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Scientists Grow Meat in Lab, Plan Frankenburger

(Ground pork purchased at a local discount supermarket lies on a plate in this photo illustration on February 8, 2012 in Berlin, Germany.)

Photo Illustration by Sean Gallup/Getty Images

It’s not supersize-able yet, but the McLab meal is definitely on its way.

Dutch scientists have created strips of muscle tissue using stem cells and, focusing on what’s important in life, also plan to grow an artificial hamburger by the end of the year.

One step for mankind, one giant leap for the fast food industry? Don’t worry, there are better motivations at work here. Professor Mark Post told the BBC that his team’s goal is to reduce the environmental footprint of meat and to prove that the process has the potential to be practical and economically viable. He believes that synthetic meat could be produced over three times as efficiently as regular meat, which currently requires 100 grams of food to create 15 grams of meat.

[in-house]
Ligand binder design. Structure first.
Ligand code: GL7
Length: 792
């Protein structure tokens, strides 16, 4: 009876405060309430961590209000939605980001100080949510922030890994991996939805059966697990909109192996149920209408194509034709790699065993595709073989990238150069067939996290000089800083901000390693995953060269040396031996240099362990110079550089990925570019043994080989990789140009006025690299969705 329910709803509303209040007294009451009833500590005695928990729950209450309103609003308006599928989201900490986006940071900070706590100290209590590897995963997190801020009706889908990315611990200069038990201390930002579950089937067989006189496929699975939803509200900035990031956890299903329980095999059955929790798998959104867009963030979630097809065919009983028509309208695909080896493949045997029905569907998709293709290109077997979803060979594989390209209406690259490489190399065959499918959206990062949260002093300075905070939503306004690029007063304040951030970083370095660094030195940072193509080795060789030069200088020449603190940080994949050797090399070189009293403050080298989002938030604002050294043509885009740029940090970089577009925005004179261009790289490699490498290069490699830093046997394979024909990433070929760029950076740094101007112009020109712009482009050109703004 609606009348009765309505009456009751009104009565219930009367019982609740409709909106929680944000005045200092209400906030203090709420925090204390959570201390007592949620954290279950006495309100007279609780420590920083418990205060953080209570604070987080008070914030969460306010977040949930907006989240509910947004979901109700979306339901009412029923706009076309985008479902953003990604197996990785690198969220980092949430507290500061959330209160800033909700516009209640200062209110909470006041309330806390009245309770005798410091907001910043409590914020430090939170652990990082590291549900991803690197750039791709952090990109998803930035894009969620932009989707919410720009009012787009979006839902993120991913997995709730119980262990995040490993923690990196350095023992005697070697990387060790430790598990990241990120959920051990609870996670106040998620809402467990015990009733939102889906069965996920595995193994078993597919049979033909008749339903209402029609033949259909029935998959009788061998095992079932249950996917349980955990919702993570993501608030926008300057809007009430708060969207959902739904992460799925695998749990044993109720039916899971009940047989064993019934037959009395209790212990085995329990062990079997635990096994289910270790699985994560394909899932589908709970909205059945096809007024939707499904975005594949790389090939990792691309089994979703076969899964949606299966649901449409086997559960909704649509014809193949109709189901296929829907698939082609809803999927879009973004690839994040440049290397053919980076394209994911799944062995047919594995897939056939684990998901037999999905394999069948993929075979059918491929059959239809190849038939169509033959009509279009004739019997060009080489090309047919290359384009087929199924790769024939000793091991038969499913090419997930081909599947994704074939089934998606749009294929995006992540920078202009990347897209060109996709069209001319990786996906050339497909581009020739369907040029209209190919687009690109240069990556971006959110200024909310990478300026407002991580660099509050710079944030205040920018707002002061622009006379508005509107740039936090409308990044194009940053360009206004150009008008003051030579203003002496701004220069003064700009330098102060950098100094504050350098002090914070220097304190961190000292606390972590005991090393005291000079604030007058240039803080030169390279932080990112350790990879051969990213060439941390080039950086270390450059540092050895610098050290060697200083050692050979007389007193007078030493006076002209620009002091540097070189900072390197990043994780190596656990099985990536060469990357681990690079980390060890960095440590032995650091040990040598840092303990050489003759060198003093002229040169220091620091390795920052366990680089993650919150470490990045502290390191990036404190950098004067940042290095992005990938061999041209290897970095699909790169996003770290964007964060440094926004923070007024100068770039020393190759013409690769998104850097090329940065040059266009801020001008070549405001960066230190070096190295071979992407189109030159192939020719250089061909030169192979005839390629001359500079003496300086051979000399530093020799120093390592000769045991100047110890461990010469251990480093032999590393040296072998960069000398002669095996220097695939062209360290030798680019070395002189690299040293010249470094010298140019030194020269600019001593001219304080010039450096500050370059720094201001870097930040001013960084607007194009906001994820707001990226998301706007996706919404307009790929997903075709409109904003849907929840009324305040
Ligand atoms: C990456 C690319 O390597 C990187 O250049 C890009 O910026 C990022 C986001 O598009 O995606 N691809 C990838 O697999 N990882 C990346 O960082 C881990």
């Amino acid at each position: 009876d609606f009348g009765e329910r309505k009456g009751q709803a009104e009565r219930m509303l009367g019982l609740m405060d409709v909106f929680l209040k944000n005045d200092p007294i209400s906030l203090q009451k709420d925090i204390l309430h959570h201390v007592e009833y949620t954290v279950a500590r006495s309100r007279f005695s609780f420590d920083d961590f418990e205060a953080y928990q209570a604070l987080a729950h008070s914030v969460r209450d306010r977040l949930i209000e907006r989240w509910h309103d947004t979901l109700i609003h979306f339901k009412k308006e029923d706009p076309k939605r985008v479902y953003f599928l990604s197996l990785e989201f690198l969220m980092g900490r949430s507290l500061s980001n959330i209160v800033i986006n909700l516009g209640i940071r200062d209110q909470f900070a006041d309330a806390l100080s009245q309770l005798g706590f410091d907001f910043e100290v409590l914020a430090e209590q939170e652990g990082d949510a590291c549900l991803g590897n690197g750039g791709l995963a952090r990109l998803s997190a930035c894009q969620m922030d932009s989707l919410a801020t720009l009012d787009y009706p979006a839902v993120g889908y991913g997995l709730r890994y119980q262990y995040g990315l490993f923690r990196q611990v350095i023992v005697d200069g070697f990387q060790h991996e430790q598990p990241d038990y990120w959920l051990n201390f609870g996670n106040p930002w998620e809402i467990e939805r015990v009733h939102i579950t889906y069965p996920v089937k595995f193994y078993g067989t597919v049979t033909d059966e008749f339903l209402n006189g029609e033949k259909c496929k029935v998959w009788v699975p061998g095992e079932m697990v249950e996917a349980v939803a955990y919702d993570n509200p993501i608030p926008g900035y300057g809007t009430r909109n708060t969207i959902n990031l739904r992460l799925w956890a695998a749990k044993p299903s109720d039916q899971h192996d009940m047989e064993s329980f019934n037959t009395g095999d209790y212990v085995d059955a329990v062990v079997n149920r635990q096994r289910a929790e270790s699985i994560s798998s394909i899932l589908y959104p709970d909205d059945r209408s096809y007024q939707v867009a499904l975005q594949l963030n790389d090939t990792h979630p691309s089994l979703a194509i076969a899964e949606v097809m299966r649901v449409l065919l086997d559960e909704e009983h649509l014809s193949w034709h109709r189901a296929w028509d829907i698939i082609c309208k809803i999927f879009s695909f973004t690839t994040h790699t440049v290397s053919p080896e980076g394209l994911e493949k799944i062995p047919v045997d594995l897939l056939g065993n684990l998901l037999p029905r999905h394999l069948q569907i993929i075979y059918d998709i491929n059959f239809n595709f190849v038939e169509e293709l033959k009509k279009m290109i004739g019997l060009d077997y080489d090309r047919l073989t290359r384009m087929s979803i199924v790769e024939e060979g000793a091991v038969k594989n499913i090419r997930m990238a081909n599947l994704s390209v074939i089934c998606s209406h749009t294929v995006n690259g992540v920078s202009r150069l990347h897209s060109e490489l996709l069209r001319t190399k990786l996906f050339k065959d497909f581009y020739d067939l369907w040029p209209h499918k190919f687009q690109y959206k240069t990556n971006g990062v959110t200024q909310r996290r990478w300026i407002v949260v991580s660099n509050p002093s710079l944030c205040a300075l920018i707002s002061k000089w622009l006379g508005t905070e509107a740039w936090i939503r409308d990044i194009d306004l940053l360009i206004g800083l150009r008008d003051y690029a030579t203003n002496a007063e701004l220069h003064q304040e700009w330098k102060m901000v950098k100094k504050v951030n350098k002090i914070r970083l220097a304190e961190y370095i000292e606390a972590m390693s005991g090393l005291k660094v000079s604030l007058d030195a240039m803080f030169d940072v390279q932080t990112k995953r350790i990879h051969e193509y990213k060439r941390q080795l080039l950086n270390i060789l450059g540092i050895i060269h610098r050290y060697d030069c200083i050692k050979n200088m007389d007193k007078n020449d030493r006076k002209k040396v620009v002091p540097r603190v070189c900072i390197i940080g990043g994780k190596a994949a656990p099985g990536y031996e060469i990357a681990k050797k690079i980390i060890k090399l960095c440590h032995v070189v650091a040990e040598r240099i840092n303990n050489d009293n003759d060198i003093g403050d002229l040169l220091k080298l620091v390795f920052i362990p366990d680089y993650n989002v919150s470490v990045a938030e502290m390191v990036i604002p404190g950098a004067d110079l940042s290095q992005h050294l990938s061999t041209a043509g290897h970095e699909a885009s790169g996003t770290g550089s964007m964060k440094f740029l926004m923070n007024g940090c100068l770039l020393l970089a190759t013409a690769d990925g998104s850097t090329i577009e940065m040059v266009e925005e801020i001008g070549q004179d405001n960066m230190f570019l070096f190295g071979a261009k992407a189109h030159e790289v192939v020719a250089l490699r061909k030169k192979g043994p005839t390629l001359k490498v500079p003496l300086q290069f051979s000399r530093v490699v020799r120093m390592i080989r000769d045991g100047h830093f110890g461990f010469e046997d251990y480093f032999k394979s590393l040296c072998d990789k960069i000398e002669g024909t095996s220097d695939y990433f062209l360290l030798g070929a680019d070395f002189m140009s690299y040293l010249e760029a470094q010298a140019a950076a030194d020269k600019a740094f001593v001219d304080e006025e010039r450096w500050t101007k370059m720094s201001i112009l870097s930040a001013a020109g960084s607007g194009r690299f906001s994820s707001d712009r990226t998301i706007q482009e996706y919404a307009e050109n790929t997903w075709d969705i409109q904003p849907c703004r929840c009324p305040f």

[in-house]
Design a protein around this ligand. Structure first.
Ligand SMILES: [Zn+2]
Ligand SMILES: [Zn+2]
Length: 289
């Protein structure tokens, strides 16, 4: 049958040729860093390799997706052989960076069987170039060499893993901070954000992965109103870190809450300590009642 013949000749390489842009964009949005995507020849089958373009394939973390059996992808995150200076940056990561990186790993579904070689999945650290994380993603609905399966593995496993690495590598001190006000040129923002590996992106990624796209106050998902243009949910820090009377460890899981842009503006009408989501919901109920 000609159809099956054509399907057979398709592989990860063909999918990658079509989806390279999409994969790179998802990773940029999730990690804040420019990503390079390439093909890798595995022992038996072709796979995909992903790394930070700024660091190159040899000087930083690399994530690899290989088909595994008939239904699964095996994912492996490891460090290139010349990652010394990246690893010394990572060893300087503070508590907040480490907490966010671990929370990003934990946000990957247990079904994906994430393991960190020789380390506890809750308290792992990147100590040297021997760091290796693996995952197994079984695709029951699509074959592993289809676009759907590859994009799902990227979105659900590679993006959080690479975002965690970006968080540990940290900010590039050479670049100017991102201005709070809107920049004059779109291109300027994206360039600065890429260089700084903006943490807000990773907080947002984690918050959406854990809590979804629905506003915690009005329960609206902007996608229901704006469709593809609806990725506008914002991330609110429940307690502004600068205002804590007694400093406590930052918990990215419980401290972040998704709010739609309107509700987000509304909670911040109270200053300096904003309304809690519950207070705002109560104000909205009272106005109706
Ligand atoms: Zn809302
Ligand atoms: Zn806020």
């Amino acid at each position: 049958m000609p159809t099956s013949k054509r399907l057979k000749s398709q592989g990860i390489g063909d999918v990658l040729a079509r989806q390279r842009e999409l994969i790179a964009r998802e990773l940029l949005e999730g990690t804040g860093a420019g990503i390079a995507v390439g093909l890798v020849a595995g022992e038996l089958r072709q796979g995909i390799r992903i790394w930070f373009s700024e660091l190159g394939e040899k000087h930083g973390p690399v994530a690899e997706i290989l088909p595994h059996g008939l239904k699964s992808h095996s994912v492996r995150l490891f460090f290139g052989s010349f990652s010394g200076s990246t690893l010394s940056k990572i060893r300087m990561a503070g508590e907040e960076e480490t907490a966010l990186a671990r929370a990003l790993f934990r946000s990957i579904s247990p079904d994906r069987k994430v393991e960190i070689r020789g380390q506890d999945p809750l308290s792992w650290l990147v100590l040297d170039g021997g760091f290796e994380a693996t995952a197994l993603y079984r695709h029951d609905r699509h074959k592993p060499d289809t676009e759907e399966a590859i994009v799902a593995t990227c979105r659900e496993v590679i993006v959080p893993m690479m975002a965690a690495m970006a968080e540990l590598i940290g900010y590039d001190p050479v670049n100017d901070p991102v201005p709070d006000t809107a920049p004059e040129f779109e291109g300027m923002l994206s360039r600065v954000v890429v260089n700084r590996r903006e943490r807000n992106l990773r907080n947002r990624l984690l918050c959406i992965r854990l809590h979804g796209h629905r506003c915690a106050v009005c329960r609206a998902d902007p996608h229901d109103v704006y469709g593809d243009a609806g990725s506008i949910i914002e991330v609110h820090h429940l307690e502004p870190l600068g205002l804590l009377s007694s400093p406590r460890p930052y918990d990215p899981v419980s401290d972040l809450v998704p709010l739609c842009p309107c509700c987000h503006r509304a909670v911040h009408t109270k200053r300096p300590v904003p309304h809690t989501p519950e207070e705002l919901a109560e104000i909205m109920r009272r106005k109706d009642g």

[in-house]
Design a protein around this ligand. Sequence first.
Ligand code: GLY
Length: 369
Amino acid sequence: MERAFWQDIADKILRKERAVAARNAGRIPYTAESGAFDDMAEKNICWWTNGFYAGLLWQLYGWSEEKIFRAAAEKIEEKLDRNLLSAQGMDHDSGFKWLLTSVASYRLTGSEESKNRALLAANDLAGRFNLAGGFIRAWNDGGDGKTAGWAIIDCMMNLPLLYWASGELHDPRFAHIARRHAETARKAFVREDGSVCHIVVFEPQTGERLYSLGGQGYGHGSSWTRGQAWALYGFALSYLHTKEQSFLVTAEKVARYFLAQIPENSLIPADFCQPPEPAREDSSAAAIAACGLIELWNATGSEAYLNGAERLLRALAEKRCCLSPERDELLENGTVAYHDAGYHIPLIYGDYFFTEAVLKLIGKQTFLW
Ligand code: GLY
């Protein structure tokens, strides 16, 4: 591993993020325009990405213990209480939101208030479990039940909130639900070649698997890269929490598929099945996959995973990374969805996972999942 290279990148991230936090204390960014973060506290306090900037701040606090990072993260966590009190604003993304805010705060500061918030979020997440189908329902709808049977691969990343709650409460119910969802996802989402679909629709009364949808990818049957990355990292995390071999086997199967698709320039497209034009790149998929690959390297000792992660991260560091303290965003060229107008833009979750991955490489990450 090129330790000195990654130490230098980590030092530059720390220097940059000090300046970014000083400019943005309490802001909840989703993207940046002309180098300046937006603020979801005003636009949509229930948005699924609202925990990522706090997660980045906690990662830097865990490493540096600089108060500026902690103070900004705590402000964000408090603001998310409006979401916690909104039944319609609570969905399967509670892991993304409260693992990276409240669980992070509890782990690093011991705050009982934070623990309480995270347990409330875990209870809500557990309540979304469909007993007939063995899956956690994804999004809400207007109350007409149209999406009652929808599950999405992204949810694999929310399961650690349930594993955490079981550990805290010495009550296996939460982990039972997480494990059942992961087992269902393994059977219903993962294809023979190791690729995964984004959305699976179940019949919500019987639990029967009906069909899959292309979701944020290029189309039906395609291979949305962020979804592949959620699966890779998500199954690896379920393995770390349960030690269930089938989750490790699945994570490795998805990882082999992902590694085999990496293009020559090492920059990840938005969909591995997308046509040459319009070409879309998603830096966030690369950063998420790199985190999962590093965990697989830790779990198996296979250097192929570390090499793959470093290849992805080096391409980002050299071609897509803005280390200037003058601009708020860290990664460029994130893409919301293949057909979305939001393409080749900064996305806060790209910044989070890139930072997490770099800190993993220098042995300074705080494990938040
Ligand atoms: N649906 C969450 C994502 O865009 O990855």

But … what will it taste like? In a word: bland. Post believes they’ll need to work separately to figure out which components in meat produce its taste and then replicate that, too. He’d like to use celebrity chef Heston Blumenthal to cook the inaugural burger, but it sounds like it might have to come with extra ketchup.